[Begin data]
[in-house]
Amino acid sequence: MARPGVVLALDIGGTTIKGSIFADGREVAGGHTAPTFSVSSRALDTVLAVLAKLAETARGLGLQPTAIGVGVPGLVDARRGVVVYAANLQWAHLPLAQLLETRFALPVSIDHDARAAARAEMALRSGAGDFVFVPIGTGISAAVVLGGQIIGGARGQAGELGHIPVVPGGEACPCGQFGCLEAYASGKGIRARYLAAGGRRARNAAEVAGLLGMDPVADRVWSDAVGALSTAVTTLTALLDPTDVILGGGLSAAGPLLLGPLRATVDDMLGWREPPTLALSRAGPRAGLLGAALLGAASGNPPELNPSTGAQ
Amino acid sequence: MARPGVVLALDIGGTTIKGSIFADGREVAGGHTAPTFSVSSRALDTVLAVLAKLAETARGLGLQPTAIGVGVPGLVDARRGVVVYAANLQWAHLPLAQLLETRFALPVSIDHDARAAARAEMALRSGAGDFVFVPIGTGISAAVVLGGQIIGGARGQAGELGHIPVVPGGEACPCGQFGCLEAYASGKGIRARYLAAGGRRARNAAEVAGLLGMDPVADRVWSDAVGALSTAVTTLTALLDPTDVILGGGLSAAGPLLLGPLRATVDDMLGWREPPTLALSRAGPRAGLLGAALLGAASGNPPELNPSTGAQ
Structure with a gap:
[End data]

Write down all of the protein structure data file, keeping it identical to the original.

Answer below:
[in-house]
Amino acid sequence: MARPGVVLALDIGGTTIKGSIFADGREVAGGHTAPTFSVSSRALDTVLAVLAKLAETARGLGLQPTAIGVGVPGLVDARRGVVVYAANLQWAHLPLAQLLETRFALPVSIDHDARAAARAEMALRSGAGDFVFVPIGTGISAAVVLGGQIIGGARGQAGELGHIPVVPGGEACPCGQFGCLEAYASGKGIRARYLAAGGRRARNAAEVAGLLGMDPVADRVWSDAVGALSTAVTTLTALLDPTDVILGGGLSAAGPLLLGPLRATVDDMLGWREPPTLALSRAGPRAGLLGAALLGAASGNPPELNPSTGAQ
Amino acid sequence: MARPGVVLALDIGGTTIKGSIFADGREVAGGHTAPTFSVSSRALDTVLAVLAKLAETARGLGLQPTAIGVGVPGLVDARRGVVVYAANLQWAHLPLAQLLETRFALPVSIDHDARAAARAEMALRSGAGDFVFVPIGTGISAAVVLGGQIIGGARGQAGELGHIPVVPGGEACPCGQFGCLEAYASGKGIRARYLAAGGRRARNAAEVAGLLGMDPVADRVWSDAVGALSTAVTTLTALLDPTDVILGGGLSAAGPLLLGPLRATVDDMLGWREPPTLALSRAGPRAGLLGAALLGAASGNPPELNPSTGAQ
Structure with a gap: